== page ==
Amy Barlow Liberatore… stories of lost years, wild times, mental variety, faith, and lots of jazz

Tag Archives: Mental Disorders

Cacophony © 2015 Amy Barlow Liberatore/Sharp Little Pencil (Click to enlarge, lots of detail)

My Wednesday night, up until 4 am, still fritterminded.  Shared with ABC Wednesday.  Miles to go before I sleep…or even shlep!  Amy

Erasure of Self
Amy Erasure 001
Like goosebumped skin
erasure sets in

Eyes closed to sun
Energy, none

The me people know,
the warm glow,

cedes to the smear
of what is now here

Go, thou dread curse
Take with you your hearse

Better days will come
If I (     )

© 2014 Amy Barlow Liberatore/Sharp Little Pencil

Imaginary Garden With Real Toads. Artistic Expressions’ Margaret asked us to write to a sketch. This one I completed at the onset of my last depression. As always, I crawled out, just in time for Riley’s triumphant graduation! Peace, Amy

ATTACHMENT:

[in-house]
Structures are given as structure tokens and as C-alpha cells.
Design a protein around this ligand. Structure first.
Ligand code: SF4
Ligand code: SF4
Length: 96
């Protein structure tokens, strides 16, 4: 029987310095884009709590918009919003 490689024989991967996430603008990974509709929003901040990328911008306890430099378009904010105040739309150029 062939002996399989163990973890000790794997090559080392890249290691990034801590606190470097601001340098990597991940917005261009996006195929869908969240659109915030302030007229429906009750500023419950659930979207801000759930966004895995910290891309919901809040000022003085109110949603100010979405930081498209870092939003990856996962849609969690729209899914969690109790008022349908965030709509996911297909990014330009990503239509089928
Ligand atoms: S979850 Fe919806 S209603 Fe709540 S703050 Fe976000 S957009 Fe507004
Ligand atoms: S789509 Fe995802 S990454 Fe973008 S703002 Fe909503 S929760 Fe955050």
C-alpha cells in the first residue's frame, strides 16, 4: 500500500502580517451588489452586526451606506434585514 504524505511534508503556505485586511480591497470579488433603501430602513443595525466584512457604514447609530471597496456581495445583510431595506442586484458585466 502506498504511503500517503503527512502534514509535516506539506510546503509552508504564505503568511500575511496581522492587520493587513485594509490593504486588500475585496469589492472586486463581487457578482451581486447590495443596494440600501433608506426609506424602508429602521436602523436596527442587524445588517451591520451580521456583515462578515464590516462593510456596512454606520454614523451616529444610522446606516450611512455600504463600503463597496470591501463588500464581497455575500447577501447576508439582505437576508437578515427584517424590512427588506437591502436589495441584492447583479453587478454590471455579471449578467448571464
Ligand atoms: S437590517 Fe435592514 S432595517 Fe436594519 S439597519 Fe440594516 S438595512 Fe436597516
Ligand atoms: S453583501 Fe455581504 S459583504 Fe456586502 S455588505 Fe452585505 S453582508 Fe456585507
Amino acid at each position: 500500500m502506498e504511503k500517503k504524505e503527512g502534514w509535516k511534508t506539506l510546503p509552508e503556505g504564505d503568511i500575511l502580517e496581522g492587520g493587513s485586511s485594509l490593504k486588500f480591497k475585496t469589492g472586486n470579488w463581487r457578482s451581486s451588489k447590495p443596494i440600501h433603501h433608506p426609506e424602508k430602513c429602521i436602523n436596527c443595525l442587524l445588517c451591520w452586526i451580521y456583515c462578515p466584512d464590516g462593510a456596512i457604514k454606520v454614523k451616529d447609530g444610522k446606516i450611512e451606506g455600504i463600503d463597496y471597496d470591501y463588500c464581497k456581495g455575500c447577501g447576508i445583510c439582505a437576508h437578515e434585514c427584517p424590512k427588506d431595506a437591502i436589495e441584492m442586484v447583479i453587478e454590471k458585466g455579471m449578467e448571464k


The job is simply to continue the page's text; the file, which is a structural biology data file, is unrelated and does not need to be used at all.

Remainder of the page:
Virginia Deep

Bittersweet days and
sleepless nights

Days spent on park benches
regarding passersby
as butterflies
tethered to their lives
Wings pinned down by convention

Nights in her convent
the room of her own:
Smoke, coffee, tension
The quill stung with her blood
No control and again
voices voices voices

No rest, no cure
No choice, save the obvious
Stop the voices
Drown them
Condemn them to
watery oblivion

© 2014 Amy Barlow Liberatore/Sharp Little Pencil

Imaginary Garden With Real Toads’ Mama Zen gave us a challenge: Write about Virginia Woolf. I have not been posting much lately, but this was inspiring to the nth degree. Thanks, Mama, I knew you could raise me from my slumber! Peace, Amy


grabs me by my big toe
pulls me down slowslowslow